As an aftermath of this degenerative Papacy, many Church leaders cried out for reforms. These cries continued unheeded until Martin Luther came forth. Though Erasmus was accused of having laid the egg that Luther hatched but he was more civilised as opposed to the rudeness of Luther. Luther was a Catholic Priest and a monk. In his 95 theses, he denounced many things in the Church, especially the indulgence. But let it be said here that even before Luther, Pope Boniface IX in 1392, Martin V in 1420 and Sixtus IV in 1478 had repeatedly condemned the misconception and abuses of indulgence. Luther’s concerns were legitimate. Some believed that his way of going about it was wrong, others believed otherwise. This debate continues.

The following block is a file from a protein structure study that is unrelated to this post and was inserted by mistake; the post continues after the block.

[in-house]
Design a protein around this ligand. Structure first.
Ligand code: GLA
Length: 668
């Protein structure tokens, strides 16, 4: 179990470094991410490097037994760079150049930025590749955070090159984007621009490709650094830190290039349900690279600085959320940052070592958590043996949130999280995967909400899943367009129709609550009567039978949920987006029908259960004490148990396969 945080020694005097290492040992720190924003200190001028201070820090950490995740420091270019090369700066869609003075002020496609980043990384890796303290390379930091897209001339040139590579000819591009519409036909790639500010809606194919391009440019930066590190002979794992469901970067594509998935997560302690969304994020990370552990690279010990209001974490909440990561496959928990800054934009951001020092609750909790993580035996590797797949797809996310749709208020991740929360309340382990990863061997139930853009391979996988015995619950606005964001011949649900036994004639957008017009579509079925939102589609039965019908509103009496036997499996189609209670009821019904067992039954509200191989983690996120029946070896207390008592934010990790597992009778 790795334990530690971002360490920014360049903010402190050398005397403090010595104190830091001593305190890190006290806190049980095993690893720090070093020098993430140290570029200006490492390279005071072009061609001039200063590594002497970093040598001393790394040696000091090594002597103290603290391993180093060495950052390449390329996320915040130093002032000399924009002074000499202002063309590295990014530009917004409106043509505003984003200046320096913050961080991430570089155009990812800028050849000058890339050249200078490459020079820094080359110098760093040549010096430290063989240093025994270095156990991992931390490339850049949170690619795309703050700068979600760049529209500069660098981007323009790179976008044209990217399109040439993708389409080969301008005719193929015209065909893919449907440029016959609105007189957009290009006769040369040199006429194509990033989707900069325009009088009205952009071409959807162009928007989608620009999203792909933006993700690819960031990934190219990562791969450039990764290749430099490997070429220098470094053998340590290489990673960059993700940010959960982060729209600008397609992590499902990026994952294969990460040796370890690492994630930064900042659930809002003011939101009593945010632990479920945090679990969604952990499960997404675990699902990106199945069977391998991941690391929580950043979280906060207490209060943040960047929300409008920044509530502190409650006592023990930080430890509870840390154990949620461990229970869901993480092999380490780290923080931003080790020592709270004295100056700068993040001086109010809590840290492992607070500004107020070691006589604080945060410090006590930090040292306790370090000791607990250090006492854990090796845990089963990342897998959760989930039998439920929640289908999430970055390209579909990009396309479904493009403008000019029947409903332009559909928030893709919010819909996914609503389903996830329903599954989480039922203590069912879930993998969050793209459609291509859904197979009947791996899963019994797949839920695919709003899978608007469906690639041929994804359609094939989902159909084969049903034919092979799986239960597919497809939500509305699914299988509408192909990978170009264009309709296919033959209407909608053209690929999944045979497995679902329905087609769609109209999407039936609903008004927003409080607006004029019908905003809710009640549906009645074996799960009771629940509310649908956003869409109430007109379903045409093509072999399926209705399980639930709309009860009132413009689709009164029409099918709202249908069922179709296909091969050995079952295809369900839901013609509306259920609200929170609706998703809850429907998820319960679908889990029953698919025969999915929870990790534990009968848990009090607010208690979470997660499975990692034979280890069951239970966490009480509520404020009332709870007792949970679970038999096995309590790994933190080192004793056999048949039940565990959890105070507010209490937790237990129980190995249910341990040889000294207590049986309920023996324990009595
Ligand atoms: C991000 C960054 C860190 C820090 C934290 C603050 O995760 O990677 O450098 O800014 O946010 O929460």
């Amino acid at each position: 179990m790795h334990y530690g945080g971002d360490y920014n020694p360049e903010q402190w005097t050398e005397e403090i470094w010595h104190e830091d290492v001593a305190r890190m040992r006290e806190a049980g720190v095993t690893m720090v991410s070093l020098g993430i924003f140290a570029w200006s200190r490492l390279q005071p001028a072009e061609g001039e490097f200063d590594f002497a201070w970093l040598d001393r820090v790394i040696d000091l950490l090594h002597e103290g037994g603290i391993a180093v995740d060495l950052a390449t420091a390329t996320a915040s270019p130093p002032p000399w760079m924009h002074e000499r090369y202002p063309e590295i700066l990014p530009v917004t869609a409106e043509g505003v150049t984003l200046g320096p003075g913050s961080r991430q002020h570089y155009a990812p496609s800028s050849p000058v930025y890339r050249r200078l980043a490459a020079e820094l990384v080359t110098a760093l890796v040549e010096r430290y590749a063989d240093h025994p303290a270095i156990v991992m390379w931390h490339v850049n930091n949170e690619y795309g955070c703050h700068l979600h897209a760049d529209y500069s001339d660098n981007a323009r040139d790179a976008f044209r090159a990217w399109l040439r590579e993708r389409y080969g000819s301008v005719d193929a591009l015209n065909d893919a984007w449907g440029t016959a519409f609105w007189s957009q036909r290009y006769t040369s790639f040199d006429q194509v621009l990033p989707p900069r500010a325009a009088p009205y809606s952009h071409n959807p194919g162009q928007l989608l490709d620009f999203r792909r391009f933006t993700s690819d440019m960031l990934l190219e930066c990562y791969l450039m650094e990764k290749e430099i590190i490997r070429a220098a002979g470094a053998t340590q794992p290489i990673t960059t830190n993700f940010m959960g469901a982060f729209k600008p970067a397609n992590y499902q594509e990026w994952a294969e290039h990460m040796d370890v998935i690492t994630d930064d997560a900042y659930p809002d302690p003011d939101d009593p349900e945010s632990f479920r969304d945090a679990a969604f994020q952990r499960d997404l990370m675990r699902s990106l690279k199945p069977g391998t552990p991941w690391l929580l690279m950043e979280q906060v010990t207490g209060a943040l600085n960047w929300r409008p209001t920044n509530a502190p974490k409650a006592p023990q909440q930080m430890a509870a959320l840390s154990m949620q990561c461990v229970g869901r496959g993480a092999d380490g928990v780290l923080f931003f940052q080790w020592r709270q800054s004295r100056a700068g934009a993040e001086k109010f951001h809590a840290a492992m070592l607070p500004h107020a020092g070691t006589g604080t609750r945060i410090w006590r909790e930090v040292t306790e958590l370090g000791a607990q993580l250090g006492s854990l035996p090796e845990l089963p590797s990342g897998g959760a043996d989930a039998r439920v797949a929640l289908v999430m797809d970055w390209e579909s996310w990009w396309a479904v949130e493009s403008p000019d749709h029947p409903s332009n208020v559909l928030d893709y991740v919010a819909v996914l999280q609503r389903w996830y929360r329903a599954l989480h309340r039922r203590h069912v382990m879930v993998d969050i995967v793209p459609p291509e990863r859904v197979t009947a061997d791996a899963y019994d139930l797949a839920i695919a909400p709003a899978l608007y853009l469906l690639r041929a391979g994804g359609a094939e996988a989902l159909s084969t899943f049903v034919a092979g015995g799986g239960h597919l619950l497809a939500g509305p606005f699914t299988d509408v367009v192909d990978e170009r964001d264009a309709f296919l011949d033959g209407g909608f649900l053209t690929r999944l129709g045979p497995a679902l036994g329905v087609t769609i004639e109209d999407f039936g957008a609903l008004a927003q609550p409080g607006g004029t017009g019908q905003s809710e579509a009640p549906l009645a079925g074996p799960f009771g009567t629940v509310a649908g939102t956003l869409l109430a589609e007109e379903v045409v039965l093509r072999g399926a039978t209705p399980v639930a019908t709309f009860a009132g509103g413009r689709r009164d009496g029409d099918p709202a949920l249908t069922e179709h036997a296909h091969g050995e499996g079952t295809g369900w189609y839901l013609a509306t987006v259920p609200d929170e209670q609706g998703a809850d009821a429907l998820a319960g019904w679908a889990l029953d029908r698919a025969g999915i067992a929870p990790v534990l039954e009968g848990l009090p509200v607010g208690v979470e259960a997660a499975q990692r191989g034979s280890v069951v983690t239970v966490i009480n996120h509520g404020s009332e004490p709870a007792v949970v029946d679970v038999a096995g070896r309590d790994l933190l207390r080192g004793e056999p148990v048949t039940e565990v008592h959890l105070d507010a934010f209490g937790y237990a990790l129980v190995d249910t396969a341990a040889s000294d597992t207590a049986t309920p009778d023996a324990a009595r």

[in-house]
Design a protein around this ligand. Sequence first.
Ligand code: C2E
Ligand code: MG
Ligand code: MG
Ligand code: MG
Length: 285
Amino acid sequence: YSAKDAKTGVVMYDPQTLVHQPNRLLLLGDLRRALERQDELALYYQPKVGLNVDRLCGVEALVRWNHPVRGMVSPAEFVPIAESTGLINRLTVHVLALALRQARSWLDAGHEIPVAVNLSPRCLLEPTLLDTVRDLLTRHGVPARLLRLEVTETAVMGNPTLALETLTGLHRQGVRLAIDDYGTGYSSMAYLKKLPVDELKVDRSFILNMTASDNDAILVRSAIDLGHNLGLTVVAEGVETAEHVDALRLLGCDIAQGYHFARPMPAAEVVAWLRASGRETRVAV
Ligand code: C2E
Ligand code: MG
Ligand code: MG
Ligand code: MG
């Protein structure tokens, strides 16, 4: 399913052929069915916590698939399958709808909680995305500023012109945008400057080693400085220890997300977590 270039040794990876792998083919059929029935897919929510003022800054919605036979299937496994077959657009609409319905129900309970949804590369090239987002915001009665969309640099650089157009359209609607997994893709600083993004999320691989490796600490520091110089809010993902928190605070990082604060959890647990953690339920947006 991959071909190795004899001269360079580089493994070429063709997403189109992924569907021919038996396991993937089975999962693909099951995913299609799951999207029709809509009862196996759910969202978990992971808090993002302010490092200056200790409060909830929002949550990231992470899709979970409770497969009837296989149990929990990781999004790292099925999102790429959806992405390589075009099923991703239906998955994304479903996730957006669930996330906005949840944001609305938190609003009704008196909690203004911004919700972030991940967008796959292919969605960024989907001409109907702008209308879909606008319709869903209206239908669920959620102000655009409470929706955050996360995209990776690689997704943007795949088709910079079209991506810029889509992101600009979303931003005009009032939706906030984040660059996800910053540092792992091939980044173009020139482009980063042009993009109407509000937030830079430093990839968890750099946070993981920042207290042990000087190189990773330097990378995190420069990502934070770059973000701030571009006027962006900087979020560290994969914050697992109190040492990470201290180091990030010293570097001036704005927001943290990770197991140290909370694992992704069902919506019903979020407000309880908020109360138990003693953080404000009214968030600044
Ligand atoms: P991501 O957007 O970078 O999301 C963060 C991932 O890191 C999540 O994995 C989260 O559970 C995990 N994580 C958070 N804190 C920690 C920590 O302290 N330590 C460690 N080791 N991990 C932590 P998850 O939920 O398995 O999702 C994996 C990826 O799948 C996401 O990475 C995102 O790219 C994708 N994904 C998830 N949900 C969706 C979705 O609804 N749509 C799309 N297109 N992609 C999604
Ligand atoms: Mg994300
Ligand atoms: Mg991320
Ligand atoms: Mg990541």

In response to this protestant reformation, the Church called the Council of Trent, which met from 1545-1563. This Council re-affirmed the Catholic doctrines.
The contemporary Papacy
In the 1900’s, the papacy enjoyed a high prestige and influence. With the independence of the Vatican, the popes concern themselves with moral and social issues of the day. Pius X, who became Pope in 1903, worked hard to keep peace in Europe. He was shocked by the outbreak of World War II in 1914.
Like Pius X, Pius XII, who succeeded him, worked tirelessly for peace during the World War II; this brought him worldwide acclaim. Pope John XXIII, known as the “rotund” Pope, succeeded him in 1958 and called the Second Vatican Council, which began in 1962. This is the 21st council in the history of Christianity. This Council made changes in the Church and was completed under Pope Paul VI, who succeeded him in 1966.